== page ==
1. White superficial onychomycosis presents with diffuse or speckled white discoloration of the surface of the toenails. It is caused primarily by Trichophyton mentagrophytes, which invades the nail plate. The organism may be scraped off the nail plate with a blade, but treatment is best accomplished by the addition of a topical azole antifungal agent.
2. Distal subungual onychomycosis presents with foci of onycholysis under the distal nail plate or along the lateral nail groove, followed by development of hyperkeratosis and yellow-brown discoloration. The process extends proximally, resulting in nail plate thicken and separation from the nail bed. Trichophyton rubrum and, occasionally, T. mentagrophytes infect the toenails; fingernail disease is almost exclusively due to T. rubrum, which may be associated with superficial scaling of the plantar surface of the feet and often of one hand. These dermatophytes are found most readily at the most proximal area of the nail bed or adjacent ventral portion of the nail plates that are involved. Topical therapies such as ciclopirox 8% lacquer may be effective for solitary nail infection. Because of their long half-life in the nail, terbinafine or itraconazole may be effective when given as pulse therapy (1 wk of each mo for 3–4 mo). Either agent is superior to griseofulvin, fluconazole, orketoconazole. The risks, the most concerning of which is hepatic toxicity, and costs of oral therapy must be weighed carefully against the benefits of treatment for a condition that generally causes only cosmetic problems.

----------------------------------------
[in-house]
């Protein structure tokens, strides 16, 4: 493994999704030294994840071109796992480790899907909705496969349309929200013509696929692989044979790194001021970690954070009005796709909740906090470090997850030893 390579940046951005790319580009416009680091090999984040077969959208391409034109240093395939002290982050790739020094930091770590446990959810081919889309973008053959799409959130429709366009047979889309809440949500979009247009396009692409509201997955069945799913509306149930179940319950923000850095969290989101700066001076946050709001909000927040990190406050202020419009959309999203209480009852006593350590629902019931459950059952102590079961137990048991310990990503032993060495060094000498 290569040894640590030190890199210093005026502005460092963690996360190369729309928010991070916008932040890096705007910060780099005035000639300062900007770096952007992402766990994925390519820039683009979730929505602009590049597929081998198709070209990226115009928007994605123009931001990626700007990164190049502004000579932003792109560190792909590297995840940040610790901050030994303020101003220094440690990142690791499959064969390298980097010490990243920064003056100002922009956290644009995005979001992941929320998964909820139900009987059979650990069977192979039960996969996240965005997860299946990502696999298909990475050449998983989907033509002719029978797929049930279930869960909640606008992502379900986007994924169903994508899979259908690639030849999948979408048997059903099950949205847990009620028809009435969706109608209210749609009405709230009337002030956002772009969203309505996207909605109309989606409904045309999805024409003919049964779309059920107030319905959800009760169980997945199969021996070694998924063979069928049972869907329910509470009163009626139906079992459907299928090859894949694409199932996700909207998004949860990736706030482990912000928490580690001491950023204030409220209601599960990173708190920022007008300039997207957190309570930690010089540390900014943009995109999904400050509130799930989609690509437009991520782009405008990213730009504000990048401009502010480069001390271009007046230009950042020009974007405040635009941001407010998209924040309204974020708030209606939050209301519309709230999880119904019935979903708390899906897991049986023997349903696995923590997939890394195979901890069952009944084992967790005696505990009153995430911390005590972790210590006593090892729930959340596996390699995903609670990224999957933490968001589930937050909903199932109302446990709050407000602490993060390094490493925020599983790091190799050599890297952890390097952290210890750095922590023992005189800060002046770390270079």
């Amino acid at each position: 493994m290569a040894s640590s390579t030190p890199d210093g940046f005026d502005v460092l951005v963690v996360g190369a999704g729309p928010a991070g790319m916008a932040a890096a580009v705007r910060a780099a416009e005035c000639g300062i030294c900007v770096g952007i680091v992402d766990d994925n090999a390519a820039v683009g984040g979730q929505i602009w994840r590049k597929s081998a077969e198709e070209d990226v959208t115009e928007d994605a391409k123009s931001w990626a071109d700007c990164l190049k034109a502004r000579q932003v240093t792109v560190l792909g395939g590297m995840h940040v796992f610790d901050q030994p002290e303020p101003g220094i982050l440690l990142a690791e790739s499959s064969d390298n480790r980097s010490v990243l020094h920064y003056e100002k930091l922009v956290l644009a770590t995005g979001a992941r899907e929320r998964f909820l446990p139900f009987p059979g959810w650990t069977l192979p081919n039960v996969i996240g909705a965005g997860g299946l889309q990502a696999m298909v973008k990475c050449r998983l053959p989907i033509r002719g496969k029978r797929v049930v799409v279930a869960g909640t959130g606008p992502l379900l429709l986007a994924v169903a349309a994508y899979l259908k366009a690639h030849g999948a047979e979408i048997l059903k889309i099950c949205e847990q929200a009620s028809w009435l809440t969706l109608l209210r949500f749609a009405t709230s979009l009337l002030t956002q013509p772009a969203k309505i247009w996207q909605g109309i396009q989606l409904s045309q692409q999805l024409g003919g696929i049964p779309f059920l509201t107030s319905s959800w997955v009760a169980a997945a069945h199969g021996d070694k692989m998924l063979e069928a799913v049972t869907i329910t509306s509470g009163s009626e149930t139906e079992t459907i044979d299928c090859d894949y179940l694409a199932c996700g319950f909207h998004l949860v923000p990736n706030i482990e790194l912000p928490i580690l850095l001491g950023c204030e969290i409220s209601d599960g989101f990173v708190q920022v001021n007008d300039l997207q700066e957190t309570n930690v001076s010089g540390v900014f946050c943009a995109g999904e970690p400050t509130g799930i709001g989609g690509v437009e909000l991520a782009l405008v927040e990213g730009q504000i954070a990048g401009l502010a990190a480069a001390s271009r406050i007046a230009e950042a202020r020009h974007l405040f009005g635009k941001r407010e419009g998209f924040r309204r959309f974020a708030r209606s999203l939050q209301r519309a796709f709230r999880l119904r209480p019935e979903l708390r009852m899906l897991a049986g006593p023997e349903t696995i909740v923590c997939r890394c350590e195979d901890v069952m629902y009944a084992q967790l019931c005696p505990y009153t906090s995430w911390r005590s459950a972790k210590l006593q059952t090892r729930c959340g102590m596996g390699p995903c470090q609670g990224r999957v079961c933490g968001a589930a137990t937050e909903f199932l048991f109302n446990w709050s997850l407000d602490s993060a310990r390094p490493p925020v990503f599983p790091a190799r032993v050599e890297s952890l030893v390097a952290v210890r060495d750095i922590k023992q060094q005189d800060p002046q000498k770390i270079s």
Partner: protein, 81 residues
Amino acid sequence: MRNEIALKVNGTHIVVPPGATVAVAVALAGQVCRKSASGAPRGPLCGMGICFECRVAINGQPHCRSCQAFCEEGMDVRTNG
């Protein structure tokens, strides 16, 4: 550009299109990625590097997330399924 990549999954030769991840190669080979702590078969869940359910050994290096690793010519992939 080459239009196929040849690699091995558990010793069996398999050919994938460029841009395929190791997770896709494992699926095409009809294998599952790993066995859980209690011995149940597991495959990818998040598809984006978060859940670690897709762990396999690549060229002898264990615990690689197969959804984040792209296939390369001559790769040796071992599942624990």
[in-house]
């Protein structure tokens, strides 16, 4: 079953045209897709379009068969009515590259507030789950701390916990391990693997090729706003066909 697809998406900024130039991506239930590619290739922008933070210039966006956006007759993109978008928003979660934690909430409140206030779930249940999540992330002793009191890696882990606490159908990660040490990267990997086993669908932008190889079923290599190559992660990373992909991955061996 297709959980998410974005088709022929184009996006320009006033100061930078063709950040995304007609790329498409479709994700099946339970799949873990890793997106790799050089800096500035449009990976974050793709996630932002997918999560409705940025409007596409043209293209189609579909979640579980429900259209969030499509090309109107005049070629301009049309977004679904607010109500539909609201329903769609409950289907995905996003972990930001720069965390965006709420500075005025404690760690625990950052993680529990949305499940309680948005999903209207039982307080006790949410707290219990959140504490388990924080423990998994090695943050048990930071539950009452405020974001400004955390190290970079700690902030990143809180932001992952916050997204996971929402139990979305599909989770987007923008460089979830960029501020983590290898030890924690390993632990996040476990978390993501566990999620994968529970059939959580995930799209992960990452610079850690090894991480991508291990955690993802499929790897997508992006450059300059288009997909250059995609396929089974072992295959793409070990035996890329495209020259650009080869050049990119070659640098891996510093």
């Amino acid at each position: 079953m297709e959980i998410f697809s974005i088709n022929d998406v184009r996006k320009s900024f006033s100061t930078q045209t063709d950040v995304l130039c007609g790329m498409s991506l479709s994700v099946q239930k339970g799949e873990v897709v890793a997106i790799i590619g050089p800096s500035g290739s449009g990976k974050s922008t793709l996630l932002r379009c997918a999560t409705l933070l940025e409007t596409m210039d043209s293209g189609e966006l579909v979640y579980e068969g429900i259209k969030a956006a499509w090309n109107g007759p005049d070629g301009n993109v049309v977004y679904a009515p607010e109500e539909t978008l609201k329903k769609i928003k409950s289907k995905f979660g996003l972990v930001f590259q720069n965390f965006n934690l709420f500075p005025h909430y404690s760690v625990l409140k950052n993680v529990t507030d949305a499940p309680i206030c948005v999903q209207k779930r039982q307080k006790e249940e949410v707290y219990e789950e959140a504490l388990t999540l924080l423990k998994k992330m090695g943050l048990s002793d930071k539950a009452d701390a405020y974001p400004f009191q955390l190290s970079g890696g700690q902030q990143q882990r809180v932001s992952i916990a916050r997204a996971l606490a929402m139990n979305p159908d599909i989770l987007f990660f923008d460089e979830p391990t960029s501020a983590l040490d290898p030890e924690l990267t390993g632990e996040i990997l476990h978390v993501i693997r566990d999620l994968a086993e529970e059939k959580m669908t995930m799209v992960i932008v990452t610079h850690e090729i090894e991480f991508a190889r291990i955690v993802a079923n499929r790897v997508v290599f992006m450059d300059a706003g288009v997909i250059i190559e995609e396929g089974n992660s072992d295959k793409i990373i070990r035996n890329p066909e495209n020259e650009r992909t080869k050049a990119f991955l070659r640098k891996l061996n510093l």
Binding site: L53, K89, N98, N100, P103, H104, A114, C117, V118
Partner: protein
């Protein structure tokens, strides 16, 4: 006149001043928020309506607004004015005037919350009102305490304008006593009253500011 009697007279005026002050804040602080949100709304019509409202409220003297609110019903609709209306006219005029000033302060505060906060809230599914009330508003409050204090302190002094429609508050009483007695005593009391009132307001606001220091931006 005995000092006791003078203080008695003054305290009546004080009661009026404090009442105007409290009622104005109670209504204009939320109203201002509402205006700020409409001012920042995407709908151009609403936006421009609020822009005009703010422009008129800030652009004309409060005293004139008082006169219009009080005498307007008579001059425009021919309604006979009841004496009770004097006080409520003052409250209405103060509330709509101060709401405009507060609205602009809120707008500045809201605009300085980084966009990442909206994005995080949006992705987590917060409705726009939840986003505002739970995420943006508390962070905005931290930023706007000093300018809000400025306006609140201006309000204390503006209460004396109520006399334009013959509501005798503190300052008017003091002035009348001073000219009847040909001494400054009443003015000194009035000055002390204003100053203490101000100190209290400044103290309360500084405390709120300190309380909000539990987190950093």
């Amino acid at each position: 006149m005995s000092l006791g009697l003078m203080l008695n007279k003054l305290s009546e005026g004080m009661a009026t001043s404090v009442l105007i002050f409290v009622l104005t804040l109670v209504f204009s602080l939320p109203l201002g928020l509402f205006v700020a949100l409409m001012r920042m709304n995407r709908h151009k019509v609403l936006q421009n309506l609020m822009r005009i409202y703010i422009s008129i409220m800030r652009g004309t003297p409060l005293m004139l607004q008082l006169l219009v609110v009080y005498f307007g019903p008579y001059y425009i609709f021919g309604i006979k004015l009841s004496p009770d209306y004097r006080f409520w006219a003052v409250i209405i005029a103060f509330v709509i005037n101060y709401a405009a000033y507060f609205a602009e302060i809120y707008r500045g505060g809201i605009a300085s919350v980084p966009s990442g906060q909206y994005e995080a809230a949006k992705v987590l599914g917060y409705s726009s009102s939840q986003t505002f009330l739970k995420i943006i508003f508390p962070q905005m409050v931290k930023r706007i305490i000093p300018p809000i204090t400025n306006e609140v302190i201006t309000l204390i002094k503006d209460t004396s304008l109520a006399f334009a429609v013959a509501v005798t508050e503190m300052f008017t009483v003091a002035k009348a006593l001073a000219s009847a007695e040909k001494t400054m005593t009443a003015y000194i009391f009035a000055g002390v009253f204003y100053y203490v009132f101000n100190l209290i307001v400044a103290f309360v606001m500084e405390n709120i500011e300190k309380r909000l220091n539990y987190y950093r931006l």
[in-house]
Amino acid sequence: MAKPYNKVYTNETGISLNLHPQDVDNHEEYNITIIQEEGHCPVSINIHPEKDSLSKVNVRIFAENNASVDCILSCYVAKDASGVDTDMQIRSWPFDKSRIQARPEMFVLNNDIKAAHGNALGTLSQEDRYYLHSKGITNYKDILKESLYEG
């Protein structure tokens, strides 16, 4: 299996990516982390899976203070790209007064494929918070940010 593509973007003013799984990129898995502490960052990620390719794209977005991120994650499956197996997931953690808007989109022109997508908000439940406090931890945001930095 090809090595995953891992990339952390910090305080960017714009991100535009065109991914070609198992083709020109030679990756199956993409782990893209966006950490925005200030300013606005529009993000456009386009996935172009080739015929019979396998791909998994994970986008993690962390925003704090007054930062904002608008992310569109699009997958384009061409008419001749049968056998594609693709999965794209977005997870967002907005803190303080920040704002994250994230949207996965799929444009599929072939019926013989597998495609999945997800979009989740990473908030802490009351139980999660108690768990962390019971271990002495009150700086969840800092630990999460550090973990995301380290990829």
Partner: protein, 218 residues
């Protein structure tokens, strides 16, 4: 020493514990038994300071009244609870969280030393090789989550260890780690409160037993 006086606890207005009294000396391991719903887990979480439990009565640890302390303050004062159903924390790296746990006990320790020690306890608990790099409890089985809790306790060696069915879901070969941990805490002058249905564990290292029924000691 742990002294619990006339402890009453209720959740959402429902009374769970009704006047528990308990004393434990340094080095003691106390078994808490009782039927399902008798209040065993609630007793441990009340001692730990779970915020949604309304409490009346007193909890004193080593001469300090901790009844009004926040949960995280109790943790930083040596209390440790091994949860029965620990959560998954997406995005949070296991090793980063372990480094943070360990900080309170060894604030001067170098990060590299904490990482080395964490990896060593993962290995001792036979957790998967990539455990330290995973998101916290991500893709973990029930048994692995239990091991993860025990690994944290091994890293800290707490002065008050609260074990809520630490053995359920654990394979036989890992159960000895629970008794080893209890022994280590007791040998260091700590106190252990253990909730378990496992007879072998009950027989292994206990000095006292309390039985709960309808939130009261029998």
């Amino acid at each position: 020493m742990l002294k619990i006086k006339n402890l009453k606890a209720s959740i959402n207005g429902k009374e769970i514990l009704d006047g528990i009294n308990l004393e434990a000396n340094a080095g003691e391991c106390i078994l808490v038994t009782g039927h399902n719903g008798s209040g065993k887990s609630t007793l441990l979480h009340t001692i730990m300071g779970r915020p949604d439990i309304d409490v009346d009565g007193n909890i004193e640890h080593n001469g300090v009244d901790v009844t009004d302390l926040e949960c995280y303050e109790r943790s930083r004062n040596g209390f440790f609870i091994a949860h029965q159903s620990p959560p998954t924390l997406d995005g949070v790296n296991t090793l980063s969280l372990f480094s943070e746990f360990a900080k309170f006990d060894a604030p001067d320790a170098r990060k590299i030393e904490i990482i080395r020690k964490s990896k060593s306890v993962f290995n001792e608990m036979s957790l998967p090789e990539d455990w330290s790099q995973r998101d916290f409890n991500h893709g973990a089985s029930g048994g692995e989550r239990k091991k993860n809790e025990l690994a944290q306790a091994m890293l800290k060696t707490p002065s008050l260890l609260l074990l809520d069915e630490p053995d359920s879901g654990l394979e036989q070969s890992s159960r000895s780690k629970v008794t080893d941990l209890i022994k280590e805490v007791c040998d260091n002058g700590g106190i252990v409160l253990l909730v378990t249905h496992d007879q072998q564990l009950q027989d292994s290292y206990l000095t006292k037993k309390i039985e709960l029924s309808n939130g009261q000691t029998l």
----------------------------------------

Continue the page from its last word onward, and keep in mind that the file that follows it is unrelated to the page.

3. Proximal white subungual onychomycosis occurs when the organism, generally T. rubrum, enters the nail through the proximal nail fold, producing yellow-white portions of the under surface of the nail plate. The surface of the nail is unaffected. This occurs almost exclusively in immunocompromised patients and is a well-recognized manifestation of AIDS.
4. Candidal onychomycosis involves the entire nail plate in patients with chronic mucocutaneous candidiasis. It is also commonly seen in patients with AIDS. The organism, generally Candida albicans, enters distally or along the lateral nail folds, rapidly involves the entire thickness of the nail plate, and produces thickening, crumbling, and deformity of the plate. Topical azole antifungal agents may be sufficient for treatment of candidal onychomycosis in an immunocompetent host, but oral antifungal agents are necessary for treatment of those with immune deficiencies.